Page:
The wonders in Port Elizabeth

The smooth highways made the rides exciting. Photos / Edgar R Batte.

What you need to know:

  • Tranquil. The peaceful beach side, therapeutic sea, alluring nature and fast cars made the adventure surreal. Edgar R. Batte writes about his experience in Port Elizabeth South Africa.

I woke up to Jessie, Joshua Kardison’s 1993 classic song on my mind on Monday morning as my eyes opened to picturesque and gushy Indian Ocean waves.

The winds were so strong that the palm tree branches seemed to be at their weakest. Somewhere on the green stretch, stood a dry and bent tree looking almost extinct.

Just like the wind, the vehicles plying the road next to Pollock Beach in Port Elizabeth, South Africa’s Eastern Cape Province, were speeding. From my camera viewpoint, the cars were easy targets for photography punning.


I cannot forget to emphasise that waking up by the seaside is therapeutic. I could only distract myself by occasionally blinking, momentarily letting the mind partake in the visualisation of peace in its actuality.

When I opened my eyes, I could not miss a man and his dog friends crossing the road from The Marine Hotel, Southern Sun onto the beach stretch on an early morning exercise session.

Excitedly wagging their tails and looking back at their owner, the two domesticated animals seemed in high spirits.

It was a good day to be alive and be guided by their amiable owner who, as I looked and zoomed through a 500-millimetre lens, seemed warm-hearted. He shared his smile with others that were either walking or jogging along Pollock.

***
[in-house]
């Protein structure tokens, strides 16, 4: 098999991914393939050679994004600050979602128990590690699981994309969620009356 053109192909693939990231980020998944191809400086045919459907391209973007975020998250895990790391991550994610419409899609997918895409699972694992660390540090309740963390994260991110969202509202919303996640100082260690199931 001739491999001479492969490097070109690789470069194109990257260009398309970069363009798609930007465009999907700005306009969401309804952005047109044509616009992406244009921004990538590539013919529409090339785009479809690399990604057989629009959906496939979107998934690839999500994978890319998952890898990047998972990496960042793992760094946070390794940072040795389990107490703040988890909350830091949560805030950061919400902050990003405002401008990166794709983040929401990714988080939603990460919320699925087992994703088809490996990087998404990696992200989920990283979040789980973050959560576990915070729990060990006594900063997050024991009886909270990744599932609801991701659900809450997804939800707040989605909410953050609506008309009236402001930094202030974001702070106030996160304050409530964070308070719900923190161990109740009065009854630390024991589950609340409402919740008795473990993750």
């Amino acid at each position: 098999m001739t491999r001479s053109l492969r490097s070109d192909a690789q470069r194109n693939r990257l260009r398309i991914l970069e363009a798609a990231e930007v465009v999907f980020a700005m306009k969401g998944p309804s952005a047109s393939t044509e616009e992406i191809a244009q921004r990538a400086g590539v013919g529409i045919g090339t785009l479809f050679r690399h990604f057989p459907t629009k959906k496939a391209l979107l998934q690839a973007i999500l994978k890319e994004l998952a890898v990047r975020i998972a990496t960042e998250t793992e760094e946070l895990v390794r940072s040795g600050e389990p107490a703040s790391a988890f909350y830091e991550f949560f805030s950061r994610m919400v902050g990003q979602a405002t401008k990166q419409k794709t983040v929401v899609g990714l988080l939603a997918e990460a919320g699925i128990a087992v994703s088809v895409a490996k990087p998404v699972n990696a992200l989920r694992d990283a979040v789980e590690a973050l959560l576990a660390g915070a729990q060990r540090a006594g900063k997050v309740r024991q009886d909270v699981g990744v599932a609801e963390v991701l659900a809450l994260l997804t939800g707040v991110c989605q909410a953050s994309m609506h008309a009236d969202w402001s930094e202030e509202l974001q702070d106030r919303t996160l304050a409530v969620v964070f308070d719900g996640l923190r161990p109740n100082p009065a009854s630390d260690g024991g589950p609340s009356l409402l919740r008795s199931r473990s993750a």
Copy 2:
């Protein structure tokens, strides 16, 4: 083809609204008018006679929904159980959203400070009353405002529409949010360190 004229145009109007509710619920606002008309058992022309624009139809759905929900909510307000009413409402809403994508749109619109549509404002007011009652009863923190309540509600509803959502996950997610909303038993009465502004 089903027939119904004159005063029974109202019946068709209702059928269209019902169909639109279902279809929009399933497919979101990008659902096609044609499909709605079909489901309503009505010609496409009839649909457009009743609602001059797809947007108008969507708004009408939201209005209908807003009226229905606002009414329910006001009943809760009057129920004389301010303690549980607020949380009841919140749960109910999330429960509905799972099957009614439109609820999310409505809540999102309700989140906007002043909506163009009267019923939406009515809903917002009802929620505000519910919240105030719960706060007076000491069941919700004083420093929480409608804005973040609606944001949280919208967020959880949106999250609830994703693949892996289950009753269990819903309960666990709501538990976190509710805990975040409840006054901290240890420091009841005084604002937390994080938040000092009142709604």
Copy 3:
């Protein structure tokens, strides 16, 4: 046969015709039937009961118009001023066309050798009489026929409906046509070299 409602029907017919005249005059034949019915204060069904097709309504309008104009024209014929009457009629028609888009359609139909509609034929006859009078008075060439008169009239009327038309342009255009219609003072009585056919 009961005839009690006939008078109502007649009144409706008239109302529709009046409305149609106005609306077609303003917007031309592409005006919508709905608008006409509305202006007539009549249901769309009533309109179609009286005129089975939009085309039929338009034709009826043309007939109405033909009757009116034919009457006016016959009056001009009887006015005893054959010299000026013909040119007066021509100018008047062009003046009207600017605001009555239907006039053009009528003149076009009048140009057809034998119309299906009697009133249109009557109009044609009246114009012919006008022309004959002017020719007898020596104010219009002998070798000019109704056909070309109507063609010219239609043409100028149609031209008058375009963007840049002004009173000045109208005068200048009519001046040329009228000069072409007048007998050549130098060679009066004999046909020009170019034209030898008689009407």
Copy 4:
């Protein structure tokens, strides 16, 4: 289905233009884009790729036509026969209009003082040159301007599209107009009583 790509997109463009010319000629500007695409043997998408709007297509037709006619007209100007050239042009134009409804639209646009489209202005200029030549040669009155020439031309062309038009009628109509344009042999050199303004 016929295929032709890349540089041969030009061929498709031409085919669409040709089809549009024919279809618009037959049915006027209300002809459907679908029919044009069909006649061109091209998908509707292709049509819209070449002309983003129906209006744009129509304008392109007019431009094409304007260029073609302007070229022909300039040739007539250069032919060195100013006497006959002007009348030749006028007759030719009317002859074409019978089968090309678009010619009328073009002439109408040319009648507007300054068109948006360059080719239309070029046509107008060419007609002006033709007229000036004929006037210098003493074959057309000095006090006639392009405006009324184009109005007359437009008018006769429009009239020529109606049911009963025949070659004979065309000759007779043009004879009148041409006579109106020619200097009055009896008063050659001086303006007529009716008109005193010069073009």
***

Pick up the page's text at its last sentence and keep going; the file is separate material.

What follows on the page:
In that smile, he connected with strangers whose curiosity and attention had been drawn to the inaudible friendliness of the dogs through their animated reaction every time their master slowed down to say a quick hello. They continued with their exercise.

The beach offers wonderful views of nature

Indeed, there was an unspoken fact, one that fostered the unbound connection that is Ubuntu, which goes beyond religion, race, and defined boundaries. Funny how the mind can see through and beyond moments.

Cruising the good roads

And by the way, Jessie’s request to Kardison, in the song, was to get his stuff together, take Moses, the cat, and drive real fast. Speaking of speed, South Africans are fast drivers which by the look of their state of roads, is a temptation fed by their cars which are new and averagely  big brands, at least from the many I saw in Sandton, Gauteng, and Eastern Cape.

The penalties for driving an old car must be heavy in the rainbow nation because they are a rare sighting. Traffic jam did not seem an inconvenience to your writer because he has enough time to admire (read do maalo) and gape at sleek machines of models, as latest as 2022.

The perks of a third world citizen having an experience in a first world country. To add butter to bread, Mercedes Benz were flagship sponsors of the annual two-day DStv Delicious Food and Music Festival at Kyalami Grand Prix Circuit.  Here, they provided one of their latest releases, the Mercedes C-Class to chauffeur guests. Well, comfort must be the default language and expertise of their anchoring major because sitting in their cars made me wish the driver did not step on the brake pedal and shift into the parking gear.

Adrenaline rush

The stability and the interior were generously portioned. Anyway, like Biggie Smalls would have it, it seemed like all a dream- short and sweet but only that one was worth holding onto.

But, it was no dream when I walked to the beach in the afternoon for an up-close marvel at the surf riders, an adrenaline rush that looks sporty and worthwhile as those with a knack for adventure go all out on an enjoyment spree riding heavy waves like they were skating on tarmac.

 And that hour, I could do with Billy Ocean’s Suddenly because life made meaning to me. There was beauty our daily life never lets us take notice of. And next morning, I woke up suddenly, and I was in love with nature’s splendour, again!

Quick bio

Mother of two boys, Kitaka is  a nurse working in the UK.

Kitaka is the winner of African Women in Europe Humanitarian Achievers’ Award.

She is a registered member of Amnesty International, health activists, an independent community worker, TV, radio and events host.